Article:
MicroRNA regulation of persistent stress-enhanced memory

Stephanie E. Sillivan, Sarah Jamieson, Laurence de Nijs, Meghan Jones, Clara Snijders, Torsten Klengel, Nadine F. Joseph, Julian Krauskopf, Jos Kleinjans, Christiaan H. Vinkers, Marco P. M. Boks, Elbert Geuze, Eric Vermetten, Sabina Berretta, Kerry J. Ressler, Bart P. F. Rutten, Gavin Rumbaugh, Courtney A. Miller

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Abstract

Disruption of persistent, stress-associated memories is relevant for treating posttraumatic stress disorder (PTSD) and related syndromes, which develop in a subset of individuals following a traumatic event. We previously developed a stress-enhanced fear learning (SEFL) paradigm in inbred mice that produces PTSD-like characteristics in a subset of mice, including persistently enhanced memory and heightened cFos in the basolateral amygdala complex (BLC) with retrieval of the remote (30-day-old) stress memory. Here, the contribution of BLC microRNAs (miRNAs) to stress-enhanced memory was investigated because of the molecular complexity they achieve through their ability to regulate multiple targets simultaneously. We performed small-RNA sequencing (smRNA-Seq) and quantitative proteomics on BLC tissue collected from mice 1 month after SEFL and identified persistently changed microRNAs, including mir-135b-5p, and proteins associated with PTSD-like heightened fear expression. Viral-mediated overexpression of mir-135b-5p in the BLC of stress-resilient animals enhanced remote fear memory expression and promoted spontaneous renewal 14 days after extinction. Conversely, inhibition of BLC mir-135b-5p in stress-susceptible animals had the opposite effect, promoting a resilient-like phenotype. mir-135b-5p is highly conserved across mammals and was detected in post mortem human amygdala, as well as human serum samples. The mir-135b passenger strand, mir-135b-3p, was significantly elevated in serum from PTSD military veterans, relative to combat-exposed control subjects. Thus, miR-135b-5p may be an important therapeutic target for dampening persistent, stress-enhanced memory and its passenger strand a potential biomarker for responsivity to a mir-135-based therapeutic.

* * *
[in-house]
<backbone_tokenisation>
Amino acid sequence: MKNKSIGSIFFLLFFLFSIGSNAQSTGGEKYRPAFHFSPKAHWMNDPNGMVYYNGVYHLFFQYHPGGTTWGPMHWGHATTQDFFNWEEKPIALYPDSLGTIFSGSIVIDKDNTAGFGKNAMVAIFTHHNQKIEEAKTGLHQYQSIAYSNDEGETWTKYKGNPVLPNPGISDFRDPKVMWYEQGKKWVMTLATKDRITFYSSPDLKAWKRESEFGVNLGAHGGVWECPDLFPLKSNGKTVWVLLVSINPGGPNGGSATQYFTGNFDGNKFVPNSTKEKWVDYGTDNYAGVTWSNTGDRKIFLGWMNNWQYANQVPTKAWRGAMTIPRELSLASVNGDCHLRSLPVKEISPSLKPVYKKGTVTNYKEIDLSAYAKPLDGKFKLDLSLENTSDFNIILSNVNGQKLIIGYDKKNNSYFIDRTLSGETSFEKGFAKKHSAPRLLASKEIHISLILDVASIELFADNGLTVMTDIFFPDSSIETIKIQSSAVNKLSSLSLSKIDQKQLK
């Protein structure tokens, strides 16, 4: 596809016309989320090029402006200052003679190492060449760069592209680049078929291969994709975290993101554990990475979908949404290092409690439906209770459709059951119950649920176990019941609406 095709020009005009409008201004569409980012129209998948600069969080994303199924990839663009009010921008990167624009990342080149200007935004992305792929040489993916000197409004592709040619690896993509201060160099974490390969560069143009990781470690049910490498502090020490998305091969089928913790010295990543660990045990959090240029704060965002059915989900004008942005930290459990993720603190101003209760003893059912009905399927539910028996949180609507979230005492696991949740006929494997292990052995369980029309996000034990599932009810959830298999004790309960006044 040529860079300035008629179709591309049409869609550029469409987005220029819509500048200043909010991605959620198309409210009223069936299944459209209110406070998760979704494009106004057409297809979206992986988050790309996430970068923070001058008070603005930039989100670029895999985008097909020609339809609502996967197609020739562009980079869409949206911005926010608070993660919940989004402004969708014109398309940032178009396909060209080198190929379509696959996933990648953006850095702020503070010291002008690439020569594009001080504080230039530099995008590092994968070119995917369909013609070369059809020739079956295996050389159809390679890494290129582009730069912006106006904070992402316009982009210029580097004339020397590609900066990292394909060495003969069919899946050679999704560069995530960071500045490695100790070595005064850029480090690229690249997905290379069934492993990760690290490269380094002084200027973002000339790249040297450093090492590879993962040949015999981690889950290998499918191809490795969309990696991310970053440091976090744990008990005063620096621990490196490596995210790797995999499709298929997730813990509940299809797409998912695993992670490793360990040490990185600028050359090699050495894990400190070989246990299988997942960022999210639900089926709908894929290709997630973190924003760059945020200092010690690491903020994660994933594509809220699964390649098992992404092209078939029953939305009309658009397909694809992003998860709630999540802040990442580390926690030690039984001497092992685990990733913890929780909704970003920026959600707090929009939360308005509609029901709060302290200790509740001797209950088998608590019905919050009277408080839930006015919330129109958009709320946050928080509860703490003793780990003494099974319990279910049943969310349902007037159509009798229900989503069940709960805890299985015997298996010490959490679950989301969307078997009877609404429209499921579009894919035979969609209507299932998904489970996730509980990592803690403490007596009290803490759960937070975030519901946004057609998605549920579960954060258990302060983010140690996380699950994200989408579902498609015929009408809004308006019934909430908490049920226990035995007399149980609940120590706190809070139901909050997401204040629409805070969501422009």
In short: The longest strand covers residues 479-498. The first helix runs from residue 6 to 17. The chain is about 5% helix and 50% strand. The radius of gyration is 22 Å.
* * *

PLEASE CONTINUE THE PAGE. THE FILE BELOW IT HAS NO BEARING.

Original languageEnglish
JournalMolecular Psychiatry
DOIs
Publication statusE-pub ahead of print - 29 May 2019

Cite this

Sillivan, S. E., Jamieson, S., de Nijs, L., Jones, M., Snijders, C., Klengel, T., ... Miller, C. A. (2019). MicroRNA regulation of persistent stress-enhanced memory. Molecular Psychiatry. https://doi.org/10.1038/s41380-019-0432-2